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Poland's Neighbors: Her Border Regions and Narratives of East and West

Using the example of Polish border regions, the presentation examines the phenomenon of borders and border regions in connection with neighbourhood relations from the end of the Second World War until today. At what point does a border become a border region? How did neighbourhood relations develop in the course of Polish history? How far have the respective neighbours progressed in overcoming prejudice and stereotypes? These questions will be discussed within the context of Poland’s western border with Germany and her eastern borders with Russia and Ukraine. How did the perceptions of the border change in the periods of a closed and open border? How did popular narratives of the border and border region develop amidst the contexts of the Cold War and the end of Communism?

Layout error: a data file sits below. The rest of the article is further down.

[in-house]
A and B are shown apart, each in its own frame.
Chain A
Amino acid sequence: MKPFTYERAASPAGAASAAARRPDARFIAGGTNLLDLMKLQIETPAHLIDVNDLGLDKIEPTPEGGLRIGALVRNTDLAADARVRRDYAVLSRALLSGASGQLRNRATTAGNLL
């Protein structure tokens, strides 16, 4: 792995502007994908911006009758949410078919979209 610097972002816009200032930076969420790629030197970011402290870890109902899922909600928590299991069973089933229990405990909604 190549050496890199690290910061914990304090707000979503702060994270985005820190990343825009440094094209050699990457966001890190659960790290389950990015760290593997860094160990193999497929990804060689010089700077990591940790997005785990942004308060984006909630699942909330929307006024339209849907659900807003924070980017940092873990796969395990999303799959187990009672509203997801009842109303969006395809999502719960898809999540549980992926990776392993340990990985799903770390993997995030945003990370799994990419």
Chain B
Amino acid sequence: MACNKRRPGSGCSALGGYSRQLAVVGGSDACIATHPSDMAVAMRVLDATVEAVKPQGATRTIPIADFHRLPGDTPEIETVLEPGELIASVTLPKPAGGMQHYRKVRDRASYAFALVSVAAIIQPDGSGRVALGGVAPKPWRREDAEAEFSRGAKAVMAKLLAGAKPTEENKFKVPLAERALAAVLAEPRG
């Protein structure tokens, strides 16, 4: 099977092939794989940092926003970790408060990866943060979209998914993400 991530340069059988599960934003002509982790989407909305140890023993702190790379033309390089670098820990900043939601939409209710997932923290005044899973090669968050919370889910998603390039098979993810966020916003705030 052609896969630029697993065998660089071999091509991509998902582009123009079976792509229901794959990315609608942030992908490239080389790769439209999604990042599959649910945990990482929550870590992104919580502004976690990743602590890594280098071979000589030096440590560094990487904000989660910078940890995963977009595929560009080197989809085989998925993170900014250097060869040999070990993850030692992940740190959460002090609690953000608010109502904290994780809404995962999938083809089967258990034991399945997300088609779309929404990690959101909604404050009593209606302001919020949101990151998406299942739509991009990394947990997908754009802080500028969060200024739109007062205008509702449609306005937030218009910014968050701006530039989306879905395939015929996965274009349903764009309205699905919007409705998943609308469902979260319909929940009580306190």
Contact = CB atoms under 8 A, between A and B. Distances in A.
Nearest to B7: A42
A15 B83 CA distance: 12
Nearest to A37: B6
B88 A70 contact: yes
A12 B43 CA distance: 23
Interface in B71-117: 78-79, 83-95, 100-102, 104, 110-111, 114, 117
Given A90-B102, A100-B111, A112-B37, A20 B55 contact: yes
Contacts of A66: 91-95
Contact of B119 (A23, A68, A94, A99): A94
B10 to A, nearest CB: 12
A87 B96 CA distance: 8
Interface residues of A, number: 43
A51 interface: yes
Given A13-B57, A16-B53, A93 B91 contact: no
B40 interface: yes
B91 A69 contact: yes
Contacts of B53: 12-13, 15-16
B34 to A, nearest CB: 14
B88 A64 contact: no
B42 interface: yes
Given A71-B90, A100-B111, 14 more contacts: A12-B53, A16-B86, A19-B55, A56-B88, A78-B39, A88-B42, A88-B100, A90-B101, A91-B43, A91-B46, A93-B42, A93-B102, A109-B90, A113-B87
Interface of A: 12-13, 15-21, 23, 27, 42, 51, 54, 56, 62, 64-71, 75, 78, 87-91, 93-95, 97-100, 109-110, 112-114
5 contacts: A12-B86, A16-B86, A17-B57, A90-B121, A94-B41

Katarzyna Stokłosa is Associate Professor in the Department of Border Region Studies at the University of Sønderborg (Denmark). She finished her PhD at the European University Viadrina in Frankfurt/Oder (Germany) and her habilitation thesis at the University of Potsdam (Germany). She has published various books and articles on European border regions in comparison, dictatorships and on European history.



Friday, October 24, 2014. 12:00PM


Encina Hall West, Room 208


CREEES Center for Russian, East European & Eurasian Studies




Open to Stanford affiliates. RSVP requested.